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#ancient

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- The Battle of Carrhae [ˈkar.rae̯] was fought in 53 BC between the Roman Republic and the Parthian Empire near the town of Carrhae. The Parthian Spahbod ("General") Surena decisively defeated a numerically superior Roman invasion force under the command of Marcus Licinius Crassus. It is commonly seen as one of the earliest and most important battles between the Roman and Parthian empires and one of the most crushing defeats in Roman history. Crassus, a member of the First Triumvirate and the wealthiest man in Rome, had been enticed by the prospect of military glory and riches and decided to invade Parthia without the official consent of the Senate. Rejecting an offer from the Armenian King Artavasdes II to allow Crassus to invade Parthia via Armenia, Crassus marched his army directly through the deserts of Mesopotamia. His army clashed with Surena's force near Carrhae, a small town in modern-day Turkey. Despite being heavily outnumbered, Surena's cavalry completely outmaneuvered the Roman heavy infantry, killing or capturing most of the Roman soldiers. Crassus himself was killed when truce negotiations turned violent. His death ended the First Triumvirate. The four-year period of peace between Julius Caesar and Pompey, the remaining two members of the First Triumvirate, after Carrhae until the outbreak of the civil war argues against Crassus as a peacekeeper and supports the views of most Roman historians that friction between Crassus and Pompey had always been a greater cause of tension than friction between Julius Caesar and Pompey.
- The Battle of Carrhae [ˈkar.rae̯] was fought in 53 BC between the Roman Republic and the Parthian Empire near the town of Carrhae. The Parthian Spahbod ("General") Surena decisively defeated a numerically superior Roman invasion force under the command of Marcus Licinius Crassus. It is commonly seen as one of the earliest and most important battles between the Roman and Parthian empires and one of the most crushing defeats in Roman history. Crassus, a member of the First Triumvirate and the wealthiest man in Rome, had been enticed by the prospect of military glory and riches and decided to invade Parthia without the official consent of the Senate. Rejecting an offer from the Armenian King Artavasdes II to allow Crassus to invade Parthia via Armenia, Crassus marched his army directly through the deserts of Mesopotamia. His army clashed with Surena& #39;s force near Carrhae, a small town in modern-day Turkey. Despite being heavily outnumbered, Surena& #39;s cavalry completely outmaneuvered the Roman heavy infantry, killing or capturing most of the Roman soldiers. Crassus himself was killed when truce negotiations turned violent. His death ended the First Triumvirate. The four-year period of peace between Julius Caesar and Pompey, the remaining two members of the First Triumvirate, after Carrhae until the outbreak of the civil war argues against Crassus as a peacekeeper and supports the views of most Roman historians that friction between Crassus and Pompey had always been a greater cause of tension than friction between Julius Caesar and Pompey.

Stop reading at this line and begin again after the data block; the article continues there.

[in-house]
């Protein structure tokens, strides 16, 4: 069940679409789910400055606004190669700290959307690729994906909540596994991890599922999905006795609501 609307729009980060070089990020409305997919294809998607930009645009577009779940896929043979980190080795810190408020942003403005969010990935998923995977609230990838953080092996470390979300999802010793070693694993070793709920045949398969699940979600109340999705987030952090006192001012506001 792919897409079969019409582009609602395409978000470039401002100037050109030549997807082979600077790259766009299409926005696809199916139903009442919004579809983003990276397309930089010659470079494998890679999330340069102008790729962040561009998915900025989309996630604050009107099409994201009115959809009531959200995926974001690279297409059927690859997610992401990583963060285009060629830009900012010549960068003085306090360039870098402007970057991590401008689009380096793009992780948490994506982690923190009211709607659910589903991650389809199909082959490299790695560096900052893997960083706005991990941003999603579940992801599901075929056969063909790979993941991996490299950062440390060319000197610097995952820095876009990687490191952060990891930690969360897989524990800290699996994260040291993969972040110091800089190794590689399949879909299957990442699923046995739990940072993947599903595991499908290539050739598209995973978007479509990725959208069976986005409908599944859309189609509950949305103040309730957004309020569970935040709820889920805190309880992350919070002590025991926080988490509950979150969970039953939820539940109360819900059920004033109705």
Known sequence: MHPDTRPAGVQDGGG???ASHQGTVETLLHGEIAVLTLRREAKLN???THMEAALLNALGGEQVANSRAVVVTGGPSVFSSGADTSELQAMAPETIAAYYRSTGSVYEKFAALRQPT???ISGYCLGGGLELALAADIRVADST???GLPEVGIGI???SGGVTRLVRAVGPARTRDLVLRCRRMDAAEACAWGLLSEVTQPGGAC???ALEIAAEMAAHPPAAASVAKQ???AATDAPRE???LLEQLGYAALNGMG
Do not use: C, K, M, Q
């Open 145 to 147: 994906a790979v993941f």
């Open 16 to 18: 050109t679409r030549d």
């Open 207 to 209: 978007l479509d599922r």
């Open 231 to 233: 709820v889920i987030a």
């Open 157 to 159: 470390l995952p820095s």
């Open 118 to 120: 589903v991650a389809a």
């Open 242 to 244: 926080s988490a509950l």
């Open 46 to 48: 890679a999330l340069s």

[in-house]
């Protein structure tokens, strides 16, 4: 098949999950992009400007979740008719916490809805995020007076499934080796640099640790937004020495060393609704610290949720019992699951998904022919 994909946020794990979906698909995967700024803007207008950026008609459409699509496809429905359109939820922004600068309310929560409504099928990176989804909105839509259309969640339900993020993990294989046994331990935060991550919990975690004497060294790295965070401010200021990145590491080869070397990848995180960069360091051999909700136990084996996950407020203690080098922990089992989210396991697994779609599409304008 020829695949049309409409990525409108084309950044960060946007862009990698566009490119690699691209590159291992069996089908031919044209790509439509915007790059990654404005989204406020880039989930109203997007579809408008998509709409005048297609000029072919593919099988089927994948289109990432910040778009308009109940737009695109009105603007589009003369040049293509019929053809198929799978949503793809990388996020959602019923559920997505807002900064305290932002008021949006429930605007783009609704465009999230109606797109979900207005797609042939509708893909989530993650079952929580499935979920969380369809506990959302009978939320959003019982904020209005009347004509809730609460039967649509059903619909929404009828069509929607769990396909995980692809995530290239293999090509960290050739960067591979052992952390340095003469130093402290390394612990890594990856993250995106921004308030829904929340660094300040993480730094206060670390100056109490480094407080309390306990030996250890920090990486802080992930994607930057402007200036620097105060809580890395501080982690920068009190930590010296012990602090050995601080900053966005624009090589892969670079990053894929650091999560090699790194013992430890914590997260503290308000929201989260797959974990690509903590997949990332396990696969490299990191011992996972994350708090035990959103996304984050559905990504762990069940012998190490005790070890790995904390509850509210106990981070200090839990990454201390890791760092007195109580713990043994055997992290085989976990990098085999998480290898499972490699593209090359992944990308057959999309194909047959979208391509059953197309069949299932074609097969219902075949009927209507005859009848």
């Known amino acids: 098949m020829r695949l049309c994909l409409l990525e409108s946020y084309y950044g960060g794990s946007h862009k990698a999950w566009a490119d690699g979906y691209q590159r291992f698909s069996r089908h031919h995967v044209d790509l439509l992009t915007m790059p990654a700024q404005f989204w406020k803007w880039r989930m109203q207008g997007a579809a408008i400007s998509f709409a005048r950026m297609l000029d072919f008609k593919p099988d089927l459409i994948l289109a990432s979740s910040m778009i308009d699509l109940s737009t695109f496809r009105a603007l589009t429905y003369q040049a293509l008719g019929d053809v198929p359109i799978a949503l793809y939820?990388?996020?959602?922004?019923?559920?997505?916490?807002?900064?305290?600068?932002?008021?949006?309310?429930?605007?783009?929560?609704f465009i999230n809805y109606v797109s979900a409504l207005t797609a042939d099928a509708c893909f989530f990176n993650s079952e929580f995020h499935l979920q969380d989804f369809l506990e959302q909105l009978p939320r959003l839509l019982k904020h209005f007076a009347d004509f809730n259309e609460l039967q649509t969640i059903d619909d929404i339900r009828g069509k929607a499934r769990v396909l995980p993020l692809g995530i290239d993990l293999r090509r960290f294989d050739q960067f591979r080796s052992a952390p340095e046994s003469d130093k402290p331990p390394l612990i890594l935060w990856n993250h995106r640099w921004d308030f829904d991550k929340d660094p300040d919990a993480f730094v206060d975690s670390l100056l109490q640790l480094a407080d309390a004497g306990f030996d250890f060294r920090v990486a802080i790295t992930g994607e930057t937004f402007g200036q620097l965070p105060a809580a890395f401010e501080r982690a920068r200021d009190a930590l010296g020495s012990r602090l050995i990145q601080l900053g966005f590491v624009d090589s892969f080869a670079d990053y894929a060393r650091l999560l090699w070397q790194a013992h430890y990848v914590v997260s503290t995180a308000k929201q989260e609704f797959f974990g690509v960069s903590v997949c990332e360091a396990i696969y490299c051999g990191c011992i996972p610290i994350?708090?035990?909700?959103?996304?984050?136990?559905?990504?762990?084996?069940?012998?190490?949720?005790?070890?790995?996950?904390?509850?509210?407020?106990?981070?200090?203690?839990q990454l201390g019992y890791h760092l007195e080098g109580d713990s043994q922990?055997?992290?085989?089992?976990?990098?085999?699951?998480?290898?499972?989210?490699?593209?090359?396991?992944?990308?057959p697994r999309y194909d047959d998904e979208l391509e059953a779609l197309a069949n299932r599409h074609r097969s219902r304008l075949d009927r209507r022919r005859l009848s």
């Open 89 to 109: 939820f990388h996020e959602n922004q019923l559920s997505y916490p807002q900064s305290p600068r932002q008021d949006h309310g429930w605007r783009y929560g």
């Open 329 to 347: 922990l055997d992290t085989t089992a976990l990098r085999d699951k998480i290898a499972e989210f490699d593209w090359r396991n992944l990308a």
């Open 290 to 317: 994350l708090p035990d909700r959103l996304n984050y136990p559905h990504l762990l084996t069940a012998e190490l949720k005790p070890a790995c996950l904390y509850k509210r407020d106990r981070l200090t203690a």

- The Battle of Carrhae [ˈkar.rae̯] was fought in 53 BC between the Roman Republic and the Parthian Empire near the town of Carrhae. The Parthian Spahbod ("General") Surena decisively defeated a numerically superior Roman invasion force under the command of Marcus Licinius Crassus. It is commonly seen as one of the earliest and most important battles between the Roman and Parthian empires and one of the most crushing defeats in Roman history. Crassus, a member of the First Triumvirate and the wealthiest man in Rome, had been enticed by the prospect of military glory and riches and decided to invade Parthia without the official consent of the Senate. Rejecting an offer from the Armenian King Artavasdes II to allow Crassus to invade Parthia via Armenia, Crassus marched his army directly through the deserts of Mesopotamia. His army clashed with Surena's force near Carrhae, a small town in modern-day Turkey. Despite being heavily outnumbered, Surena's cavalry completely outmaneuvered the Roman heavy infantry, killing or capturing most of the Roman soldiers. Crassus himself was killed when truce negotiations turned violent. His death ended the First Triumvirate. The four-year period of peace between Julius Caesar and Pompey, the remaining two members of the First Triumvirate, after Carrhae until the outbreak of the civil war argues against Crassus as a peacekeeper and supports the views of most Roman historians that friction between Crassus and Pompey had always been a greater cause of tension than friction between Julius Caesar and Pompey.

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